In the summer, leaves hung down so far, they almost reached the sweet-smelling grass on the ground.  Moths clung to the screen, attracted to the kitchen light.

Earlier that day, sitting in my little house at the crossroads, I listened to the sharp crack of a bat hitting a baseball from the ballgame that had started up in the field next to the African Methodist Episcopal Church.  People cheered their teams and made happy sounds.

From the other side of the tracks, I heard the bell of the First Methodist Church up in the town.  When the breeze was right, I could hear the Wurlitzer organ as the choir practiced.  Folks were excited about that organ.  I preferred the sound of their old piano.

The two churches were on either side of the town.  The crossroads lay between the two.  Nobody from either of them ever came to the house at the crossroads.  Neither group wanted anything to do with Birdie Devovo. By the way, that would be me.

Church reflected in river Dan Antion
Church reflected in the river, by Dan Antion

When the sun finally hid behind the horizon, the heat remained.  I fanned myself futilely with a mimeographed flyer.  It did nothing to alleviate the heat of the night, and the cloying odor of the ink turned my stomach.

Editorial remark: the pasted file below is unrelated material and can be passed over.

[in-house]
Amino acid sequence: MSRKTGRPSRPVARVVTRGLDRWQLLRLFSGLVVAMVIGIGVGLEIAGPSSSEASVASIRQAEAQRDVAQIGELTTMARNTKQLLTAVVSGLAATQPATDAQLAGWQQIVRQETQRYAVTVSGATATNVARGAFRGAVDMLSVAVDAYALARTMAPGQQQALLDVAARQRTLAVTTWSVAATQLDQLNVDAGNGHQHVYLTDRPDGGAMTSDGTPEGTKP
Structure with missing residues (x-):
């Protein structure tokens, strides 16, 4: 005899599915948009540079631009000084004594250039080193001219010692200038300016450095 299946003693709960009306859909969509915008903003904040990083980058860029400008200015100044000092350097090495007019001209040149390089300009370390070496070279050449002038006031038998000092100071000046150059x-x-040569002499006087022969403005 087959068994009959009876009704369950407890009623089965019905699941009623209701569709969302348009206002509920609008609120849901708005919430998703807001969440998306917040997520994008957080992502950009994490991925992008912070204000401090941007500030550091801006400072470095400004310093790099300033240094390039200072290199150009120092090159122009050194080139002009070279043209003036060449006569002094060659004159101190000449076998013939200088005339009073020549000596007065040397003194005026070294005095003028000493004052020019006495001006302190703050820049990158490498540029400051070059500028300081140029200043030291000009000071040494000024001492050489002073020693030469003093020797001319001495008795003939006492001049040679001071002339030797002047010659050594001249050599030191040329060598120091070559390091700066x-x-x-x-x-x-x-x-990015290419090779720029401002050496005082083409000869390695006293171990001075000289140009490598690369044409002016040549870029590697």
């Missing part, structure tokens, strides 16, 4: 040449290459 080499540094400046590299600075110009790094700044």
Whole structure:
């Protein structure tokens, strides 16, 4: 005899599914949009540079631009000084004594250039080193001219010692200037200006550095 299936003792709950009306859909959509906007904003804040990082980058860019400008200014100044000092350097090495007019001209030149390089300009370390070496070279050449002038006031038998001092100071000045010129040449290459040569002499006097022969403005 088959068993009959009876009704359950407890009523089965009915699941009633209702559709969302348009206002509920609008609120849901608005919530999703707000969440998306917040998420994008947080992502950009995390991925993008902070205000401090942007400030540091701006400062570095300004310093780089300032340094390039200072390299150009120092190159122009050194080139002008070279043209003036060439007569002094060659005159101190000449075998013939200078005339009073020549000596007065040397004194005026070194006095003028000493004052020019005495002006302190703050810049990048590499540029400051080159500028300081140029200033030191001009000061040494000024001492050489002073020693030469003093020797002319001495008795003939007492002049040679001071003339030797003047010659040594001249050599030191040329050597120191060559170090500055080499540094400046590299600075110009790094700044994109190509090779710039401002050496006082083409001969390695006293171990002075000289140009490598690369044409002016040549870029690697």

I stared at the wet circles on the formica tabletop as the ice melted in my glass of sweet tea.  Absently I wondered if some pickle juice would remove the rings.

At last a breeze! I thought with a sigh.

It rustled the pages of the Pan Am calendar hanging on the wall.  August exclaimed “Back to Hawaii” and boasted a man and woman disembarking a plane while greeted by hula dancers and musicians.  That scene was too far-fetched for my imagination.

I liked July better.  It showed a couple, suitcases in hand, laughing and walking fast.  Yes, I liked that one best.  They could be anyone, going anywhere… maybe the girl could even me.

PahAM to Hawaii ad
Pan Am ad 1960s

The mimeographed flyer floated on the breeze from the table down to the cracked and faded linoleum floor.

For the umpteenth time I wondered who came all the way to the outside of town to leave it, but I was glad I missed them.  They left the ad on the front door.  Brother Love’s Traveling Salvation Show, it read.

Thunder rumbled faintly, very far away.  Maybe there would be rain.

Or maybe not, I thought as I put the damp glass to my forehead.

It had been hot and humid for so long that the heavenly rumble seemed like an empty threat.